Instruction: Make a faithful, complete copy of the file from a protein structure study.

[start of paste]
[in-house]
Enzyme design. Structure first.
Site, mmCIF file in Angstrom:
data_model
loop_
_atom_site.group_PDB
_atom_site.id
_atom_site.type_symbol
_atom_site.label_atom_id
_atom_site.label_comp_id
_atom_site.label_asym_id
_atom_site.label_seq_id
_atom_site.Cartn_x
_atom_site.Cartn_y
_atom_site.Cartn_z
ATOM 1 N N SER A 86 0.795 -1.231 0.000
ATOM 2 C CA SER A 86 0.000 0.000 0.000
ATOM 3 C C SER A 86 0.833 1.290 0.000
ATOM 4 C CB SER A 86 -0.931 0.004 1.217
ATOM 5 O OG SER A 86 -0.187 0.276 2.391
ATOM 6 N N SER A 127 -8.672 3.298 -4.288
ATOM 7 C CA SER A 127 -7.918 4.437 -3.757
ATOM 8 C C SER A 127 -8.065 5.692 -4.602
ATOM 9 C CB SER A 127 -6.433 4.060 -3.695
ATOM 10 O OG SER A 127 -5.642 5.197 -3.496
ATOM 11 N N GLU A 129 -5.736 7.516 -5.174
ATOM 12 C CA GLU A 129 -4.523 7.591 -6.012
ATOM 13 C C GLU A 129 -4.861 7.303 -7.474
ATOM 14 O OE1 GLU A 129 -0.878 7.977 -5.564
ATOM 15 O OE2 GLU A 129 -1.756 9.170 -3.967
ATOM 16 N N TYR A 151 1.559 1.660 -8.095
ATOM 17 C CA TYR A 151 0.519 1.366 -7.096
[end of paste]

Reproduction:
[in-house]
Enzyme design. Structure first.
Site, mmCIF file in Angstrom:
data_model
loop_
_atom_site.group_PDB
_atom_site.id
_atom_site.type_symbol
_atom_site.label_atom_id
_atom_site.label_comp_id
_atom_site.label_asym_id
_atom_site.label_seq_id
_atom_site.Cartn_x
_atom_site.Cartn_y
_atom_site.Cartn_z
ATOM 1 N N SER A 86 0.795 -1.231 0.000
ATOM 2 C CA SER A 86 0.000 0.000 0.000
ATOM 3 C C SER A 86 0.833 1.290 0.000
ATOM 4 C CB SER A 86 -0.931 0.004 1.217
ATOM 5 O OG SER A 86 -0.187 0.276 2.391
ATOM 6 N N SER A 127 -8.672 3.298 -4.288
ATOM 7 C CA SER A 127 -7.918 4.437 -3.757
ATOM 8 C C SER A 127 -8.065 5.692 -4.602
ATOM 9 C CB SER A 127 -6.433 4.060 -3.695
ATOM 10 O OG SER A 127 -5.642 5.197 -3.496
ATOM 11 N N GLU A 129 -5.736 7.516 -5.174
ATOM 12 C CA GLU A 129 -4.523 7.591 -6.012
ATOM 13 C C GLU A 129 -4.861 7.303 -7.474
ATOM 14 O OE1 GLU A 129 -0.878 7.977 -5.564
ATOM 15 O OE2 GLU A 129 -1.756 9.170 -3.967
ATOM 16 N N TYR A 151 1.559 1.660 -8.095
ATOM 17 C CA TYR A 151 0.519 1.366 -7.096